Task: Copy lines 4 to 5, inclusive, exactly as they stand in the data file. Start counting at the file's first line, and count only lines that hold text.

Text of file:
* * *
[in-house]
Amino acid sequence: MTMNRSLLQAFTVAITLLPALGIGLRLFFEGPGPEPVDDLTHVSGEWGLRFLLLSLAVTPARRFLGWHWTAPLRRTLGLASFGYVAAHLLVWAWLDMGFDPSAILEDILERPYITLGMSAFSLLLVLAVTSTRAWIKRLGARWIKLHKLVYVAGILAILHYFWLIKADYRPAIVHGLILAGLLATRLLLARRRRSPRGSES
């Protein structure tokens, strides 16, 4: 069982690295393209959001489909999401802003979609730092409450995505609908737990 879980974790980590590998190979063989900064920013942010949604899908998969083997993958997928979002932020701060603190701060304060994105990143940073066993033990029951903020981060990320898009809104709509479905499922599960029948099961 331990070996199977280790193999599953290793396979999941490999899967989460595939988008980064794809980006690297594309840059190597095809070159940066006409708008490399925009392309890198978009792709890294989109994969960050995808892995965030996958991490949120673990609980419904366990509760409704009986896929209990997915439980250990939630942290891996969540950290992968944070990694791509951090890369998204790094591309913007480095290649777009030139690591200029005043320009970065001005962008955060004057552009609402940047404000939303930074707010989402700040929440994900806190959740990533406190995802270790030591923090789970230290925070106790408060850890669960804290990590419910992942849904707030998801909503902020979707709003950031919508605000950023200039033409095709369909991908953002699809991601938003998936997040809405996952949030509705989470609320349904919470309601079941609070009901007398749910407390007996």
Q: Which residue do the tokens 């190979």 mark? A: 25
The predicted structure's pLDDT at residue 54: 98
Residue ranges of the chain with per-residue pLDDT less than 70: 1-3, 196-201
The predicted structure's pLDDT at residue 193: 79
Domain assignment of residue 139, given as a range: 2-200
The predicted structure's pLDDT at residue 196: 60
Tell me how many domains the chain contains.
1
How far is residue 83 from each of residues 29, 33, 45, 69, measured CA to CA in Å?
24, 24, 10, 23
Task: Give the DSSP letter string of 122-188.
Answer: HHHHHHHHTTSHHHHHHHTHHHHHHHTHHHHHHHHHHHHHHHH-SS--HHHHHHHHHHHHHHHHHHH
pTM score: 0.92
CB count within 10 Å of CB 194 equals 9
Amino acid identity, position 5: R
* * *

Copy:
Q: Which residue do the tokens 């190979």 mark? A: 25
The predicted structure's pLDDT at residue 54: 98